A San Francisco man has been ordered to build a replica of a landmark house he illegally demolished to make way for a mansion that would have been triple the size.
It was an unprecedented ruling from the San Francisco Planning Commission, which wanted to send a strong message about the developer's actions.
The Largent House, which was built in 1936, was 1,300 sq ft and featured an indoor swimming pool. It was located in San Francisco's Twin Peaks neighborhood.
Johnston had planned to remodel the two-story home and submitted plans to the city that mostly kept the first floor intact. His permit was approved.
But his neighbor Cheryl Traverce was shocked to find the house completely gone, save for a garage door and frame, when she returned from a vacation.
'I went to New York for about a week and a half and came back, the house was gone,' she told KPIX. 'Totally gone. I was shocked.'
Johnston later applied for a retroactive demolition permit and asked to build a new three-story house that would expand the size from 1,300 to nearly 4,000 sq ft.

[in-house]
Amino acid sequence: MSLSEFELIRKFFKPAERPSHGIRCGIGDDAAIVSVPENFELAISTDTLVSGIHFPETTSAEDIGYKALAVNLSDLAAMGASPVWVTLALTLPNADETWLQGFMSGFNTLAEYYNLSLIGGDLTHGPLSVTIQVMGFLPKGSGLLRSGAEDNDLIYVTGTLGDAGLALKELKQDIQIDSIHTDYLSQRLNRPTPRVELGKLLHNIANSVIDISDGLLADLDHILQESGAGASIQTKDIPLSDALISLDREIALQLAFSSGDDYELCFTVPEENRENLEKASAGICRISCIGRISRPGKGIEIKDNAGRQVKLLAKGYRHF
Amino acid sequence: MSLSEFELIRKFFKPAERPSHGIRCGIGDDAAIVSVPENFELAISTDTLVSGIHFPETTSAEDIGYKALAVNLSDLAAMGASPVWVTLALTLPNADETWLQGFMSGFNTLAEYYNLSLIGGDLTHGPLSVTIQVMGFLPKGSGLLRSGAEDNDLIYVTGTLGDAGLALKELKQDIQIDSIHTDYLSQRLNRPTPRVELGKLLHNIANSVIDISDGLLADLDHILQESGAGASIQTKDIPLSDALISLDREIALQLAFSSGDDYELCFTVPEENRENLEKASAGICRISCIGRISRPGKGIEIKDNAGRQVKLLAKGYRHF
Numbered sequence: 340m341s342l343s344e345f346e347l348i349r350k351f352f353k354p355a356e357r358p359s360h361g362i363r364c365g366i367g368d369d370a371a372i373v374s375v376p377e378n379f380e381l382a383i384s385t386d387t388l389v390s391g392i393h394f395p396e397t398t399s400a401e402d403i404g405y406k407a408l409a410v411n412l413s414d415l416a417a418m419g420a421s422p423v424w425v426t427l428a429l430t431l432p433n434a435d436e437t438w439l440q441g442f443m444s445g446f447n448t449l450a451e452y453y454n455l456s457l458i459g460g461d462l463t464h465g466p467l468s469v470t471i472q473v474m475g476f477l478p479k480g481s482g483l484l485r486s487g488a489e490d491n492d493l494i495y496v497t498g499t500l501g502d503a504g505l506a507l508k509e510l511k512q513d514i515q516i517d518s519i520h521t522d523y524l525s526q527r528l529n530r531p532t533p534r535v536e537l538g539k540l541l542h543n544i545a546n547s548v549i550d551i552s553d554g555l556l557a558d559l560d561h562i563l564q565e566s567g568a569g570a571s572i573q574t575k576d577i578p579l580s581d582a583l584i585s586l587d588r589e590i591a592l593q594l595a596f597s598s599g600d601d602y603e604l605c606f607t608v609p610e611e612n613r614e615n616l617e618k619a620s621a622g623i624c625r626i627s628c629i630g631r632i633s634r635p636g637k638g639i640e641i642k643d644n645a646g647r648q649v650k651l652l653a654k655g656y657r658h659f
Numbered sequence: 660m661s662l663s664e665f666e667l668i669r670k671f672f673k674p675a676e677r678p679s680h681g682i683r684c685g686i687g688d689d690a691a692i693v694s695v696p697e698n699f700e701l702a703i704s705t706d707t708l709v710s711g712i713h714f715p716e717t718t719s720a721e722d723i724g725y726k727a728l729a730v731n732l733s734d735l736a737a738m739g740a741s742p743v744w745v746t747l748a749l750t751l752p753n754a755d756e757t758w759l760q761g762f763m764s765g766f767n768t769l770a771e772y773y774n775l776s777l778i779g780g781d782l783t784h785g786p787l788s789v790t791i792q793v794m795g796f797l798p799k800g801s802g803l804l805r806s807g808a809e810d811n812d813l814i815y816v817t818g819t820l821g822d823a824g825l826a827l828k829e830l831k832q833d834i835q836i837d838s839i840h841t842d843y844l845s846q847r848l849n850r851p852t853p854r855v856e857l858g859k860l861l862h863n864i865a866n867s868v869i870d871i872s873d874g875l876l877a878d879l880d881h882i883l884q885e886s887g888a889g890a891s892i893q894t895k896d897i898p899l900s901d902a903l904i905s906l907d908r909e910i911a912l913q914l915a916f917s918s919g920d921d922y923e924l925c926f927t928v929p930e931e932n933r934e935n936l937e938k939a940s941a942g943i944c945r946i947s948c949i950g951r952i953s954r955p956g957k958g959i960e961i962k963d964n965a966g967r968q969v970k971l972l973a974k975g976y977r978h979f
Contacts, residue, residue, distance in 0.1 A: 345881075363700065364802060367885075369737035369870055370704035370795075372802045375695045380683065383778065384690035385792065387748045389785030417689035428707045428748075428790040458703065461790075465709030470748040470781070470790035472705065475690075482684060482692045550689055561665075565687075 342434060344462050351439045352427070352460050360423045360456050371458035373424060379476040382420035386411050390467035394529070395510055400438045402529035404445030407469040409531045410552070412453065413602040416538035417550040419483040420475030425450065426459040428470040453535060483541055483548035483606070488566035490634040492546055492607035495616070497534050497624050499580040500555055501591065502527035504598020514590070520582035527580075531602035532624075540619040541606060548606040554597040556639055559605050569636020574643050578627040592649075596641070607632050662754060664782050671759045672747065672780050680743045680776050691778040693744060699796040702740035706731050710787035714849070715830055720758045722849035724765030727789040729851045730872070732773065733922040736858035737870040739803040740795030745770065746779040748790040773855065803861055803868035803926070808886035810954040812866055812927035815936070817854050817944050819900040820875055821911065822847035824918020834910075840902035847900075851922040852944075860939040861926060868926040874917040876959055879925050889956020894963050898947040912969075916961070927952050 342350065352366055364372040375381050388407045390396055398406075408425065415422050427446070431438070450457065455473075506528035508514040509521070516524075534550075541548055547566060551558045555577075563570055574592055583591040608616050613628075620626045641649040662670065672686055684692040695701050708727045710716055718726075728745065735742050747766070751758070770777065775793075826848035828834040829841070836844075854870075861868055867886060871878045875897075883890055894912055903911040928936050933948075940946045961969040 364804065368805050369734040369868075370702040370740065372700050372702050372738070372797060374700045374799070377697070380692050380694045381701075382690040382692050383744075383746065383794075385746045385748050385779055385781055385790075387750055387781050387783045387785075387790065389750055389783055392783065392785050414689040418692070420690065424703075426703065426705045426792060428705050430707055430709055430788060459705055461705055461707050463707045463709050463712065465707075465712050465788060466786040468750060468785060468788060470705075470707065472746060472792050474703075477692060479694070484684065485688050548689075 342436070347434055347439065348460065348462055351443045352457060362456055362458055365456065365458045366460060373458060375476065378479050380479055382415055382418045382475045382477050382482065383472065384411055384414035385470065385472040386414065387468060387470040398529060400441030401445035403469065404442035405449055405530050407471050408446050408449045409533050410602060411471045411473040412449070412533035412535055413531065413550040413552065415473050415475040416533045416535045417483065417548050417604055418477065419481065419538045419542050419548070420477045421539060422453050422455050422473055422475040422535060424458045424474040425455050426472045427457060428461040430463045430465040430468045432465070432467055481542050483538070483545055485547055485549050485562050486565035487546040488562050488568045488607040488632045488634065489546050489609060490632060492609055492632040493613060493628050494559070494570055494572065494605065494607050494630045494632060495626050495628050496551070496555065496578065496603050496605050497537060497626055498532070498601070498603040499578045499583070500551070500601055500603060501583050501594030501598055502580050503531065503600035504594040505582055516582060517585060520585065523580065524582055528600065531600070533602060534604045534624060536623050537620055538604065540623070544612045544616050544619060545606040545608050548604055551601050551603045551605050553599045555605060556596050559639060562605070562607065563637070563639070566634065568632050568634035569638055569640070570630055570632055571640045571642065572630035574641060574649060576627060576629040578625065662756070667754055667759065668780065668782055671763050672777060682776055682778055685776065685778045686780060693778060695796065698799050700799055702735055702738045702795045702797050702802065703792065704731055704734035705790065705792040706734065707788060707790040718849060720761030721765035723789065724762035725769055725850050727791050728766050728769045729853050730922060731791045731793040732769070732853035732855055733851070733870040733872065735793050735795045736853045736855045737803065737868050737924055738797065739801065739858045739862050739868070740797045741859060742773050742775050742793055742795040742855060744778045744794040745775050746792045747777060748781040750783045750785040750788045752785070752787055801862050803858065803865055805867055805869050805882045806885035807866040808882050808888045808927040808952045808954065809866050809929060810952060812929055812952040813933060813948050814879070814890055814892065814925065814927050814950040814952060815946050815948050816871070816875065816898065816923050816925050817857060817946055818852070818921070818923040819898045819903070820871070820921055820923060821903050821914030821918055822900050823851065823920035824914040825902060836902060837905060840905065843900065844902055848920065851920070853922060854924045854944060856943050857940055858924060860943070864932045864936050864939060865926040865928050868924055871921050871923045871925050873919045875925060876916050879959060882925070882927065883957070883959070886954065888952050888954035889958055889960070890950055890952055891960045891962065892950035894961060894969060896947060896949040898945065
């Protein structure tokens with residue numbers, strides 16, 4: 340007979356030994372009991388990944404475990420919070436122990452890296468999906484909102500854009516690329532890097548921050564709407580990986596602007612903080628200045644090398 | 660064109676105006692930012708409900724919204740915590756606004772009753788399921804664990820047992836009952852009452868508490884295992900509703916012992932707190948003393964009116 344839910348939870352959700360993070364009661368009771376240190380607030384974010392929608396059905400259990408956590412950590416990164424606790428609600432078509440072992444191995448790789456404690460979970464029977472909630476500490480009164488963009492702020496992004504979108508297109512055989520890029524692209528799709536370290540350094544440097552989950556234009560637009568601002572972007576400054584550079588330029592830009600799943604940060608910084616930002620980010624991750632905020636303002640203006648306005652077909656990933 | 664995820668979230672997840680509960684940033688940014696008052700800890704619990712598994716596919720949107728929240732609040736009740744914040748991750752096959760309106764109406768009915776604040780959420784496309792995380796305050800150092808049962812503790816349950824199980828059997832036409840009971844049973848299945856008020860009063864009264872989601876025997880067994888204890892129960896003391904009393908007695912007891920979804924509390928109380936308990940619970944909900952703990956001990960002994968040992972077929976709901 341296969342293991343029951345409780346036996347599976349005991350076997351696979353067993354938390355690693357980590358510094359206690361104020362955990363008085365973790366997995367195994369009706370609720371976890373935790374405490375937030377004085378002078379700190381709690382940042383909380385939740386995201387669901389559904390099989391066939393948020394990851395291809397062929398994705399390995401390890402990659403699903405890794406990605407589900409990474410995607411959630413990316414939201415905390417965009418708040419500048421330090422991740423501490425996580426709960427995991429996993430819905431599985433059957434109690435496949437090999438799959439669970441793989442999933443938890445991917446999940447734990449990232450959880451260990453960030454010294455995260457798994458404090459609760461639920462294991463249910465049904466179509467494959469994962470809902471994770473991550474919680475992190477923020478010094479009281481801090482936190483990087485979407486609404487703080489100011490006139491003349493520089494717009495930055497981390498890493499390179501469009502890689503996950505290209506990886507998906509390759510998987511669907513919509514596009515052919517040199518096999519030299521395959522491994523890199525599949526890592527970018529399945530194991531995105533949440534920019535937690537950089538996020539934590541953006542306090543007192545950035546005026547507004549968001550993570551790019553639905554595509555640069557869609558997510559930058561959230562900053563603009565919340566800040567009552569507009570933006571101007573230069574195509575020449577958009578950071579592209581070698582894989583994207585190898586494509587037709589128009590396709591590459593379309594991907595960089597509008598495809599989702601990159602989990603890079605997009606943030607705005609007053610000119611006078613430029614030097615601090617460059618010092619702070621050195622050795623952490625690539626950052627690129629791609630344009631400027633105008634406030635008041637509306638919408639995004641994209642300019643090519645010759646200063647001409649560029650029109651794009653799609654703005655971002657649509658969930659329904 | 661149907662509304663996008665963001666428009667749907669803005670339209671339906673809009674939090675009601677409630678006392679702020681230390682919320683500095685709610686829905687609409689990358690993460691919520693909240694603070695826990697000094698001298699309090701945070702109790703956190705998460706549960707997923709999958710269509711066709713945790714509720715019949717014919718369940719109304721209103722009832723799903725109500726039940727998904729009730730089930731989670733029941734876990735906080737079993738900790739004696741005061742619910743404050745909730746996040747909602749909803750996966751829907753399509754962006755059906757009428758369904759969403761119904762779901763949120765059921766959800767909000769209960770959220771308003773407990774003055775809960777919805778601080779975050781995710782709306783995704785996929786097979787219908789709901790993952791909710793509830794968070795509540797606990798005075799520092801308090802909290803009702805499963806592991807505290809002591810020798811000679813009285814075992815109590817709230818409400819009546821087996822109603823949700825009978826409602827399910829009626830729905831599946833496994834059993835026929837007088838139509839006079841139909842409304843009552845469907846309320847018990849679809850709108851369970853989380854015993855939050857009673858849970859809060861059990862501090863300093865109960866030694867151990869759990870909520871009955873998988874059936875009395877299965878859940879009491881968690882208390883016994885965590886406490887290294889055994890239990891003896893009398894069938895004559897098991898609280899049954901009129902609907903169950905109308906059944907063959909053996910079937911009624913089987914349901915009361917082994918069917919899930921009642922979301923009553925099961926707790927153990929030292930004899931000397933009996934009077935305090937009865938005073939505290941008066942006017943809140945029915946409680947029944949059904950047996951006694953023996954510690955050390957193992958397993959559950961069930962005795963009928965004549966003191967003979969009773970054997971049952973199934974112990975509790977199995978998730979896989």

The city believes he then wanted to flip the home for a profit. Johnston has claimed he wanted to move his family of six into the planned mansion
'We acknowledge and apologize for the fact that a small portion of the work exceeded the scope in the approved plans,' he said.
The planning commission unanimously voted to order Johnston to build an exact replica of the design.
They also want Johnson to include a plaque that tells the story of Neutra's original house, the demolition, and the replica.
'The fact that it was a unanimous vote should send a message to everyone that is playing fast and loose that the game is over,' Aaron Peskin, a member of the San Francisco Board of Supervisors, told the San Francisco Chronicle.
The San Francisco Planning Commission unanimously voted to order Johnston to build an exact replica of the design
'We want to preserve iconic, historic structures, but even more important, we want to protect our reservoir of more affordable housing stock.
'You want a 1,300-square-foot house to be worth what a 1,300-square-foot house is worth, rather than a mega-mansion.'
I trend towards the libertarian, do-what-you-want-with-your-own-property side of these arguments, but here there were regulations in place, the developer pretended to be playing by them, and lied. I think he got what he deserved.
(Ironically, if he does build an exact replica, with modern electrical, plumbing and HVAC systems, windows, etc., he’ll probably still end up with the $4 million house he was aiming for.)